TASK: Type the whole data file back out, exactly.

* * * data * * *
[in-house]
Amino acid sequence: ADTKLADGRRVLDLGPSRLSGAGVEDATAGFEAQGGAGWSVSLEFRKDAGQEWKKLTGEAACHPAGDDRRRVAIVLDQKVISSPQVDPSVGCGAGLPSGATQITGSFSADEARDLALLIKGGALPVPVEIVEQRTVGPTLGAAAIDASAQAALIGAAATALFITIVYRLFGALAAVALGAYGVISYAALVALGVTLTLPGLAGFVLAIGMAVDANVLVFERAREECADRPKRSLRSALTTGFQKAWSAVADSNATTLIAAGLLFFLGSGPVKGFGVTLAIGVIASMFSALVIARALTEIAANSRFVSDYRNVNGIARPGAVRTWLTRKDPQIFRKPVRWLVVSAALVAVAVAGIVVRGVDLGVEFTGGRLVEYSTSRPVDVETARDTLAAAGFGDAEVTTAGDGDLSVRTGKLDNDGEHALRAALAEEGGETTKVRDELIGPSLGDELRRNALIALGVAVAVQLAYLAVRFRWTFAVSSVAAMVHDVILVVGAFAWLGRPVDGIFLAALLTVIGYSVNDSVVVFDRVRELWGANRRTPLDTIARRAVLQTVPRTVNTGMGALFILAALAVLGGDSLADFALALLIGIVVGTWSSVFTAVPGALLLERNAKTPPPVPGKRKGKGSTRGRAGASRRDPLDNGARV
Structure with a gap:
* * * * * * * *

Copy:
[in-house]
Amino acid sequence: ADTKLADGRRVLDLGPSRLSGAGVEDATAGFEAQGGAGWSVSLEFRKDAGQEWKKLTGEAACHPAGDDRRRVAIVLDQKVISSPQVDPSVGCGAGLPSGATQITGSFSADEARDLALLIKGGALPVPVEIVEQRTVGPTLGAAAIDASAQAALIGAAATALFITIVYRLFGALAAVALGAYGVISYAALVALGVTLTLPGLAGFVLAIGMAVDANVLVFERAREECADRPKRSLRSALTTGFQKAWSAVADSNATTLIAAGLLFFLGSGPVKGFGVTLAIGVIASMFSALVIARALTEIAANSRFVSDYRNVNGIARPGAVRTWLTRKDPQIFRKPVRWLVVSAALVAVAVAGIVVRGVDLGVEFTGGRLVEYSTSRPVDVETARDTLAAAGFGDAEVTTAGDGDLSVRTGKLDNDGEHALRAALAEEGGETTKVRDELIGPSLGDELRRNALIALGVAVAVQLAYLAVRFRWTFAVSSVAAMVHDVILVVGAFAWLGRPVDGIFLAALLTVIGYSVNDSVVVFDRVRELWGANRRTPLDTIARRAVLQTVPRTVNTGMGALFILAALAVLGGDSLADFALALLIGIVVGTWSSVFTAVPGALLLERNAKTPPPVPGKRKGKGSTRGRAGASRRDPLDNGARV
Structure with a gap: